Jordan, thanks for taking the time to answer a few questions. Can you tell me a bit about yourself? I have my degree in education and right now I’m working as a trainer. I am obsessed with writing and reading. Maybe sometimes it borders on the unhealthy. Like, I will be listening to someone talk and think of a million different story lines. I suddenly realize they are still talking and I have to admit I’ve just visited a fantasy world, and can they repeat the last five minutes?
Thank you for featuring me on your blog. I’m a novelist/screenwriter specializing in epic storytelling and fantasy world creation. From an early age, I gravitated towards the depth and escapist joy of grand tales like Star Wars. Whenever the pressures of life became overwhelming, I’d lose myself in the stories of books, comics, video games, and movies. Experiencing the classic hero’s journey put everything in perspective and made it easier to cope with whatever was bothering me. That same passion for iconic myth and storytelling now drives my own work.
I spent ten years in Los Angeles as a screenwriter, which is a vastly different medium of writing compared to traditional prose. I learned how to quickly identify and set up the core narrative structure of a story while relating the details of complex, fantastical worlds through brisk but engaging language. Not having the luxury to fill pages with excessive detail helped me to focus on only the aspects of my worlds that were important to the plot and characters. It’s a skill set that has served me well in the transition to novels.
With the launch of my debut novel, Fall From Grace, I have been focused on creating an online author brand through social media, blog essays, etc. It’s all a completely foreign landscape to me, but I’ve found the online writing community to be quite welcoming.
For a more in-depth biography, check out my website.
I just finished your book Fall From Grace, and I have to say I was pleasantly surprised. Give me a little background on how the book came about. Where did the idea come from?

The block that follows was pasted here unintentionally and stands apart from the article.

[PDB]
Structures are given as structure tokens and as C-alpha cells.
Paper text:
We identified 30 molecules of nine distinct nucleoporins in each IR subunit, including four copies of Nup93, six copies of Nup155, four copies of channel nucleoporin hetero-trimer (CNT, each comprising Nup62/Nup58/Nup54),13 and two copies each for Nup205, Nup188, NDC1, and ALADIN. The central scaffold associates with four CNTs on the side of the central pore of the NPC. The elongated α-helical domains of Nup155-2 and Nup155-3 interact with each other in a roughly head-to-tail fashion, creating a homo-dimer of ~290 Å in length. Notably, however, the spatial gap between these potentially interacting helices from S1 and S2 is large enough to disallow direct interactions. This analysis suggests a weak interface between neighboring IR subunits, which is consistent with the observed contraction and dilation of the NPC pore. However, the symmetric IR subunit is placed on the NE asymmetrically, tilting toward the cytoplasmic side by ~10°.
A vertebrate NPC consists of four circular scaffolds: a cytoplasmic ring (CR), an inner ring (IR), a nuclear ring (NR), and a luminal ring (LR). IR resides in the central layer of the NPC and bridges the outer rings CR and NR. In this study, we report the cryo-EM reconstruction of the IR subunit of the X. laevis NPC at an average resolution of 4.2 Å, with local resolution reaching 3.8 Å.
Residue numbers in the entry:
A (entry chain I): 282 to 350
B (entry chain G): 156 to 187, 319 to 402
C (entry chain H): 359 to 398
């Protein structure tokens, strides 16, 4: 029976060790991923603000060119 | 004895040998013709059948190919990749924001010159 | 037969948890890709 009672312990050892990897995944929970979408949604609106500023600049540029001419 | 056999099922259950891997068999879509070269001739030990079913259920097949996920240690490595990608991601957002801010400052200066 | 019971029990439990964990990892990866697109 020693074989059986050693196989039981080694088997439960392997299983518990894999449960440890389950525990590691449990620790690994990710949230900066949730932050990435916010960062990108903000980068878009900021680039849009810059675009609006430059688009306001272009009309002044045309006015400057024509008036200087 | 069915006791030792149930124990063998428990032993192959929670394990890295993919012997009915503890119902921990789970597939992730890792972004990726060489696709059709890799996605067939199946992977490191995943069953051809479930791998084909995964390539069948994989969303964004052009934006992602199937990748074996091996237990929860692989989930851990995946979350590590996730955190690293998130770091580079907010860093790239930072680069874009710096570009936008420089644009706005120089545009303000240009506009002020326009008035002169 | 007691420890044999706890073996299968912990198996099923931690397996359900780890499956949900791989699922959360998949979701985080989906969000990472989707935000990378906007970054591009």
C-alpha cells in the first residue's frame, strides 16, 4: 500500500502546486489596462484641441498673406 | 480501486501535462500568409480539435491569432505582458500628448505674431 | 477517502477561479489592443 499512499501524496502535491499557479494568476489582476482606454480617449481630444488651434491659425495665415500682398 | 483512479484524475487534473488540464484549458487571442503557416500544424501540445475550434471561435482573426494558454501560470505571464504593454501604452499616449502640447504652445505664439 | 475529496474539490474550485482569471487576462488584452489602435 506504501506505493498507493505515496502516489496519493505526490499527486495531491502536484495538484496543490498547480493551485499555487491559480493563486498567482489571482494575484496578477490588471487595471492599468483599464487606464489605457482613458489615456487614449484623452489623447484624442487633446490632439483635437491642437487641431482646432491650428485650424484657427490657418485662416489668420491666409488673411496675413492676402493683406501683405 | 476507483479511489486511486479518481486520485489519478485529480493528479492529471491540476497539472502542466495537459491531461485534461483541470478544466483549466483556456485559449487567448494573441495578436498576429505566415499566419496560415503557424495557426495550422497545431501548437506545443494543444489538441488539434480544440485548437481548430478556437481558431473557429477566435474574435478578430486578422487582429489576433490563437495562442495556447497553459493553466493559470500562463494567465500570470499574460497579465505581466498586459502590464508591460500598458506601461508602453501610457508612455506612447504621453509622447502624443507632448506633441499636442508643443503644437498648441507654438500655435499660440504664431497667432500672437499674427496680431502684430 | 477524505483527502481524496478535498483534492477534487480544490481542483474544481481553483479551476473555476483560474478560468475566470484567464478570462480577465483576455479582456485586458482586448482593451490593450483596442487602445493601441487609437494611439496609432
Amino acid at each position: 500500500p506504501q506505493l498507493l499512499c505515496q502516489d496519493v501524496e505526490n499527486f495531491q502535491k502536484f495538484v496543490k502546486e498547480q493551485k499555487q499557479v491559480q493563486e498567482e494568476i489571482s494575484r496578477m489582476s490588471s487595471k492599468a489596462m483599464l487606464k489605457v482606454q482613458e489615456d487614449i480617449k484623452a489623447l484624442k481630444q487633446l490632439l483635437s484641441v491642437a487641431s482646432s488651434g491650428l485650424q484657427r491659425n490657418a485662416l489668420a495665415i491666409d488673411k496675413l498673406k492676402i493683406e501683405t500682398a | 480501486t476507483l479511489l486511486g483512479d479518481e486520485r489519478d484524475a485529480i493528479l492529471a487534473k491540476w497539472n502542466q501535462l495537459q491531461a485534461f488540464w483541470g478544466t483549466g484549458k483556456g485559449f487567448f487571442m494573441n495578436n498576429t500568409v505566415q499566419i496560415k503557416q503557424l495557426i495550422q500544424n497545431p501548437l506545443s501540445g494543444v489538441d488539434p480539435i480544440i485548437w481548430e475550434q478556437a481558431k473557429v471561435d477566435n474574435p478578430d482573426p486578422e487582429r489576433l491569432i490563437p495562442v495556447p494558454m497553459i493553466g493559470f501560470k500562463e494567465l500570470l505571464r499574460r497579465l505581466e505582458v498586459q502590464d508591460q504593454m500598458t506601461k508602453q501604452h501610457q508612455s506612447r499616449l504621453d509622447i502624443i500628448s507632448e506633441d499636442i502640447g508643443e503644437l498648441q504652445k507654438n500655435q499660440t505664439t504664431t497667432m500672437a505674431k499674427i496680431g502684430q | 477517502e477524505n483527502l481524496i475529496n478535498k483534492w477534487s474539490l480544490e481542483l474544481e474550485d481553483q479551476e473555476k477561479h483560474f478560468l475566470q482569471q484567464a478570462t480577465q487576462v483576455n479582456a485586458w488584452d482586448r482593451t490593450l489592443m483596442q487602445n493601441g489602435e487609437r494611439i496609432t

When the seeds of the initial concept were first planted over a decade ago, there was an influx of sword and sandal epics hitting theaters. I couldn’t get enough of them. Then, I randomly stumbled across a book called A Dictionary of Angels by Gustav Davidson, probably the single most complete A-to-Z compendium of angels on the market. I never had a particular interest in angel lore, but while flipping through that book I began to realize that the fight for Heaven was warfare on a scale I hadn’t seen before. The story also hadn’t been told with any decisive detail in religious texts or pop culture. The more I read, the more the world and characters took root in my mind. Despite the grand scale of the project, I knew that I wouldn’t be able to move on until I told the story. An article on my blog breaks down the development of Fall From Grace from concept to publication.
My managers in Los Angeles, Heroes & Villains Entertainment, reached out to numerous agents and publishers. However, the sheer amount of time it took to get a response (weeks or months) became counterproductive. Rather than continuing to submit the manuscript, we decided it would be more beneficial for me to self-publish. Personally, I needed to get my work out there to the public. Self-publishing meant a lot more work on my end but there was also a thrilling, entrepreneurial feel to the process. Besides, I had nothing to lose. A publisher can always still pick up the novel.
As an author who struggles for story ideas, what advice would you give me?
Focus on the type of material you enjoy and inundate your mind with it. Whether it’s a song, an article online, an episode of TV––whatever sparks your interest can be the avenue to a new story. I don’t sit down at my keyboard with the sole purpose of churning out new ideas. Rather, ideas seem to spawn in my mind while I’m knee-deep in material that feeds my own creative hunger. Trying to force ideas is like poking at your brain and hoping to snag the one random neuron that will generate greatness. Keep an open mind, feed your creativity, and ideas will inevitably bubble to the surface.
However, sometimes the chaos of the real world can stifle ideas whispering in your head. Occasionally, I use a technique of basic sensory deprivation to hear those whispers. I turn off all the lights and cocoon myself under the bed sheets, removing all exterior sound and visuals. Then, I just let my mind wander. I’ve broken through a lot of story problems with this method.
Did you have someone edit the book, or did you do it yourself? Do you have any beta readers?